UC IPM Pest Note Available
In anticipation of questions, we recommend UC Master Gardener volunteers read and bookmark the UC IPM Pests Notes: Conenose Bugs.
As indicated by UC IPM, there is a low instance of Chagas disease in humans in the U.S. “Researchers attribute the low incidence of Chagas disease…to poor efficacy of disease transmission by the bugs, infrequent human contact, and inability of the bugs to permanently colonize homes.”
Conenose bugs are in the Reduviidae family, a group of insects known for a sturdy body and large proboscis. Most reduviids are beneficial as insect predators, and include various species of assassin bugs. Conenose bugs are easily confused with other assassin bugs as well as bugs with similar body shapes from other insect families. Conenose bugs prefer sheltered habitat such as indoors, beneath porches, in wood or brush piles, and in outdoor structures such as dog houses and chicken coops.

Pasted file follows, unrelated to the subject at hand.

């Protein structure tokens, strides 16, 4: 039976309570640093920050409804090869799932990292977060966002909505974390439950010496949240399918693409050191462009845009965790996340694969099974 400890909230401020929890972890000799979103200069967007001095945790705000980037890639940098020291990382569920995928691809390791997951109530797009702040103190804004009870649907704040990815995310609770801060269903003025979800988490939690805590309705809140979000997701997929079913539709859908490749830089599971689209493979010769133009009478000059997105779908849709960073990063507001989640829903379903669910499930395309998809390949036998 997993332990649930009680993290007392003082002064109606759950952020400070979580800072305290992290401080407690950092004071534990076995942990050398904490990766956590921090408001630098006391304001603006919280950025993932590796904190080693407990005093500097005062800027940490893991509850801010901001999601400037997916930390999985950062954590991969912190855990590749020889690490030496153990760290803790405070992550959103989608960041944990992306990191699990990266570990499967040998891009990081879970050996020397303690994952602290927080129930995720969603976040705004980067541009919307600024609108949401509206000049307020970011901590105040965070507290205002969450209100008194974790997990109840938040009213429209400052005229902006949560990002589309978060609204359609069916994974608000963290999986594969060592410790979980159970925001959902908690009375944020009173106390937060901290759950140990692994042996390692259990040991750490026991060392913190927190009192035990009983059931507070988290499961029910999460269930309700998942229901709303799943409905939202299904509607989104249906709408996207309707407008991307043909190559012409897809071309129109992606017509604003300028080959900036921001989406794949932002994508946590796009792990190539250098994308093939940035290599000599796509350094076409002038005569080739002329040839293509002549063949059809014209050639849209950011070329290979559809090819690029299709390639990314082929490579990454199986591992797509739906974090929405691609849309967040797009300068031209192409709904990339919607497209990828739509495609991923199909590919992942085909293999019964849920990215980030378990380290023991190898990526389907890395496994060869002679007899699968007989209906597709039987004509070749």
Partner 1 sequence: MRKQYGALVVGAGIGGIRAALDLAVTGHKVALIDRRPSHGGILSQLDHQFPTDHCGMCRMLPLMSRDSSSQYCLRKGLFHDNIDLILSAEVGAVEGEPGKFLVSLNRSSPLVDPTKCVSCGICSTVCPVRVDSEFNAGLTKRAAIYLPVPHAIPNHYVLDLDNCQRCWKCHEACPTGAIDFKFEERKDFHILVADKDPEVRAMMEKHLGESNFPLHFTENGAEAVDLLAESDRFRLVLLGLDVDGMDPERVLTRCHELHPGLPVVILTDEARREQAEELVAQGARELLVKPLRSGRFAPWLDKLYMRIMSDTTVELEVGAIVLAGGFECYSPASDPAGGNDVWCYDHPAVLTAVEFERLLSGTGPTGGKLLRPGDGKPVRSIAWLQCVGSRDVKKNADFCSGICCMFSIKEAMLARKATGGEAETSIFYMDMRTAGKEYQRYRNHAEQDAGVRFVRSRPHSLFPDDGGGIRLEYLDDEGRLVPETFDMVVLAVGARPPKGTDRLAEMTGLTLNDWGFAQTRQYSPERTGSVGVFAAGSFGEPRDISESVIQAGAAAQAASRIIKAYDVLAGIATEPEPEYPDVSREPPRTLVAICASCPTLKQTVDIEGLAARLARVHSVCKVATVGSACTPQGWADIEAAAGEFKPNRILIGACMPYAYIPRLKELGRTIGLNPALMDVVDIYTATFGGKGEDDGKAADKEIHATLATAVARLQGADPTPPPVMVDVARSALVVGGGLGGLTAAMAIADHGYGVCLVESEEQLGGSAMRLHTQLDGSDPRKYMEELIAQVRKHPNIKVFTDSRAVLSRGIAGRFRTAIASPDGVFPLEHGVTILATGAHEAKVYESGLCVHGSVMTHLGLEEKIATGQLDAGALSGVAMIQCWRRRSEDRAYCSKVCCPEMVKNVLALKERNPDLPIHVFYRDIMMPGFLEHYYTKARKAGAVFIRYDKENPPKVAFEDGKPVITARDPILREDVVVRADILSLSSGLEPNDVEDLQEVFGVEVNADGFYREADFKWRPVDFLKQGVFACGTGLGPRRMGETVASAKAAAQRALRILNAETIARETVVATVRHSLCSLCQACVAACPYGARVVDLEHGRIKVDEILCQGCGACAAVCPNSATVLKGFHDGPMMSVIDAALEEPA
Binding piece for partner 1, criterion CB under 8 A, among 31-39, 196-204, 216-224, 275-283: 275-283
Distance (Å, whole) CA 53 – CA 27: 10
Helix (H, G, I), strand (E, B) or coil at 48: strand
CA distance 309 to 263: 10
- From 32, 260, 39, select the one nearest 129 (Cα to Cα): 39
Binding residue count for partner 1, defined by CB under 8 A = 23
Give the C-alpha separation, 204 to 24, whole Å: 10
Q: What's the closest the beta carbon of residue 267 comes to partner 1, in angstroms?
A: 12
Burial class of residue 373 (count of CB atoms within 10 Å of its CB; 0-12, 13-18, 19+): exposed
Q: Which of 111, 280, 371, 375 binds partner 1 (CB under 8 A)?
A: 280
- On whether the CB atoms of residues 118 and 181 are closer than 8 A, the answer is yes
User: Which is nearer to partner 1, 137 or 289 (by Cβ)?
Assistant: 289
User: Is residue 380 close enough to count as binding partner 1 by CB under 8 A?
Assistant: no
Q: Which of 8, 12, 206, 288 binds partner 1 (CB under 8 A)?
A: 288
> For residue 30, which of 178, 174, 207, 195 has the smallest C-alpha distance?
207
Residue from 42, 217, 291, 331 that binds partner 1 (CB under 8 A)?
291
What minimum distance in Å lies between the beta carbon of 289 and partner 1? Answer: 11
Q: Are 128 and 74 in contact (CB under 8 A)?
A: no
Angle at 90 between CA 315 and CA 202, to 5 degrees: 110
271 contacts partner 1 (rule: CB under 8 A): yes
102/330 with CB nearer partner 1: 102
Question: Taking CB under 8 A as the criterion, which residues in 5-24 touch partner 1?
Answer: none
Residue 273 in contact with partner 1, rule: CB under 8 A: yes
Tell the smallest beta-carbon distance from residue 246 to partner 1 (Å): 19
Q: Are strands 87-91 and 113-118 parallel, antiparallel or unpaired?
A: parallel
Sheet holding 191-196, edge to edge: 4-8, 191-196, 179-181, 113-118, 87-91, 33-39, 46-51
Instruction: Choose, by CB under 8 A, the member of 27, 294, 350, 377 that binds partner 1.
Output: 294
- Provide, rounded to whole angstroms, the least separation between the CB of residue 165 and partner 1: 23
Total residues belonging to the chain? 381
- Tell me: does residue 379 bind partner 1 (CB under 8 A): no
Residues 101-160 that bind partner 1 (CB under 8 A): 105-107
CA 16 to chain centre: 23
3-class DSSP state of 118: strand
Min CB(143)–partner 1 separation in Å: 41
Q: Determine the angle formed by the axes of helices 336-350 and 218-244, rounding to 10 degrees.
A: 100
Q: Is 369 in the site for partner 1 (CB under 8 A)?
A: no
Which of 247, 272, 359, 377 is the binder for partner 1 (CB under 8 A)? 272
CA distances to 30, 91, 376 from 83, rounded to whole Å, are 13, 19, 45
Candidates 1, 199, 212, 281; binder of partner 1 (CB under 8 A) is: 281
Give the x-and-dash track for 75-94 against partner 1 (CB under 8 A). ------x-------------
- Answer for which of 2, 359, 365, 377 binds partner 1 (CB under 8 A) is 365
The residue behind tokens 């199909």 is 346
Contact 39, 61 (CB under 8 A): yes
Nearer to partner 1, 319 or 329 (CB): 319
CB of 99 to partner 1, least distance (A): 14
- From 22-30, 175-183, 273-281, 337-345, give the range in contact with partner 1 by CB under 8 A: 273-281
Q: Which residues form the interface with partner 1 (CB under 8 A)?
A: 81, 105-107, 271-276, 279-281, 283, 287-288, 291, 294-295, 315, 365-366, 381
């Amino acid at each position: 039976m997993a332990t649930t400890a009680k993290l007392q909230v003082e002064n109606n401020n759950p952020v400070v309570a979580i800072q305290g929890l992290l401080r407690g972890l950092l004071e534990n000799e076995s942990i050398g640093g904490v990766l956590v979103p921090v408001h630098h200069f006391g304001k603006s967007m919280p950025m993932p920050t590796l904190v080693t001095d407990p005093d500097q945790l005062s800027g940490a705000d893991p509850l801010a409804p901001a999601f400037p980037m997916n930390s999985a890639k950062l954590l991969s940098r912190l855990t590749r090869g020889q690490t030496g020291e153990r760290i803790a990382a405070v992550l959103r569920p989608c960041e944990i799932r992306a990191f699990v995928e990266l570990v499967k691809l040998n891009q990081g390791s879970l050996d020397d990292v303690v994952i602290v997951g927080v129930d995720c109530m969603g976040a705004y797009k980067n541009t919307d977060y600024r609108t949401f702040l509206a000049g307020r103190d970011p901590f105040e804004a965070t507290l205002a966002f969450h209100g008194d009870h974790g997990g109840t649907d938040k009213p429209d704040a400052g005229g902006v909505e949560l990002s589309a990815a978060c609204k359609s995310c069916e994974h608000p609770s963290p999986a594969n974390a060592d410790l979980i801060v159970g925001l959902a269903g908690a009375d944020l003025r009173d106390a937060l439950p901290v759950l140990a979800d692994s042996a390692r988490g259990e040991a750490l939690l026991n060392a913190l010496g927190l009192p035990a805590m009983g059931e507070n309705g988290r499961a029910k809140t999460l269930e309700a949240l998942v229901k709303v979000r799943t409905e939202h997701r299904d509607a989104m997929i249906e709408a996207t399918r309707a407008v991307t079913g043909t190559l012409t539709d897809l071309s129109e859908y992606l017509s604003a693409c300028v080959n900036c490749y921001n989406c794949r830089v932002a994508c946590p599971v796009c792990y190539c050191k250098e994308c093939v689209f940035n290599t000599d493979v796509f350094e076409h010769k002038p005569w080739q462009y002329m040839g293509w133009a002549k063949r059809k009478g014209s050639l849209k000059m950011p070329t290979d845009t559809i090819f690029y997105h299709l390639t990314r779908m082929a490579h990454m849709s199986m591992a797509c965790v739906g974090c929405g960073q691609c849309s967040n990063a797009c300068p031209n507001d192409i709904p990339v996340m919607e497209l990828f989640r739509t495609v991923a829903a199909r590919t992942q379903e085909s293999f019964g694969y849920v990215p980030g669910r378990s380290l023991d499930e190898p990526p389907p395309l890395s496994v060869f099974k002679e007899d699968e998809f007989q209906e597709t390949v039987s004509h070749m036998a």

ID Methods and Resources
If you receive a call about conenose bugs in your area, alert the caller not to touch the bug with bare hands. They can bring a sample in a sealed container or take a picture and send it to their local UC Master Gardener Program, UCCE advisor, or county agricultural commissioner for identification. Information that can be sent to the client include the UC IPM Pest Note on conenose bugs as well as information available on the Centers for Disease Control and Prevention website. The CDC web site also has useful photos to help in identification.
The insects below are NOT kissing bugs: